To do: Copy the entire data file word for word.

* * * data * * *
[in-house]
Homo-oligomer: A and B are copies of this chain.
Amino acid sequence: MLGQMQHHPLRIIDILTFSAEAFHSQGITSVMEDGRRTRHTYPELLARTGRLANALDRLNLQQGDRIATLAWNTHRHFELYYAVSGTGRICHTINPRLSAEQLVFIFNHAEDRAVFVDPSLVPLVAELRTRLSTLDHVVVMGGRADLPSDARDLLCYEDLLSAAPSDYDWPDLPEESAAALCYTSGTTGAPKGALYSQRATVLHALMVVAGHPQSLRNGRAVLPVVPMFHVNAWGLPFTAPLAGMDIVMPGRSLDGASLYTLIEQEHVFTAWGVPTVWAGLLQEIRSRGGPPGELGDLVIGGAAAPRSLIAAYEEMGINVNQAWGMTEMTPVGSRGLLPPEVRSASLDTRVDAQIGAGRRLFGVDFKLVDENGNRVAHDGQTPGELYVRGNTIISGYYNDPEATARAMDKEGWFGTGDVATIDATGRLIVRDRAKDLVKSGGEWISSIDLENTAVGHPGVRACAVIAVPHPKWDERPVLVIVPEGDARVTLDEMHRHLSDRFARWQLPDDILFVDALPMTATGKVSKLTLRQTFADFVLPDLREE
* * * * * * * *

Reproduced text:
[in-house]
Homo-oligomer: A and B are copies of this chain.
Amino acid sequence: MLGQMQHHPLRIIDILTFSAEAFHSQGITSVMEDGRRTRHTYPELLARTGRLANALDRLNLQQGDRIATLAWNTHRHFELYYAVSGTGRICHTINPRLSAEQLVFIFNHAEDRAVFVDPSLVPLVAELRTRLSTLDHVVVMGGRADLPSDARDLLCYEDLLSAAPSDYDWPDLPEESAAALCYTSGTTGAPKGALYSQRATVLHALMVVAGHPQSLRNGRAVLPVVPMFHVNAWGLPFTAPLAGMDIVMPGRSLDGASLYTLIEQEHVFTAWGVPTVWAGLLQEIRSRGGPPGELGDLVIGGAAAPRSLIAAYEEMGINVNQAWGMTEMTPVGSRGLLPPEVRSASLDTRVDAQIGAGRRLFGVDFKLVDENGNRVAHDGQTPGELYVRGNTIISGYYNDPEATARAMDKEGWFGTGDVATIDATGRLIVRDRAKDLVKSGGEWISSIDLENTAVGHPGVRACAVIAVPHPKWDERPVLVIVPEGDARVTLDEMHRHLSDRFARWQLPDDILFVDALPMTATGKVSKLTLRQTFADFVLPDLREE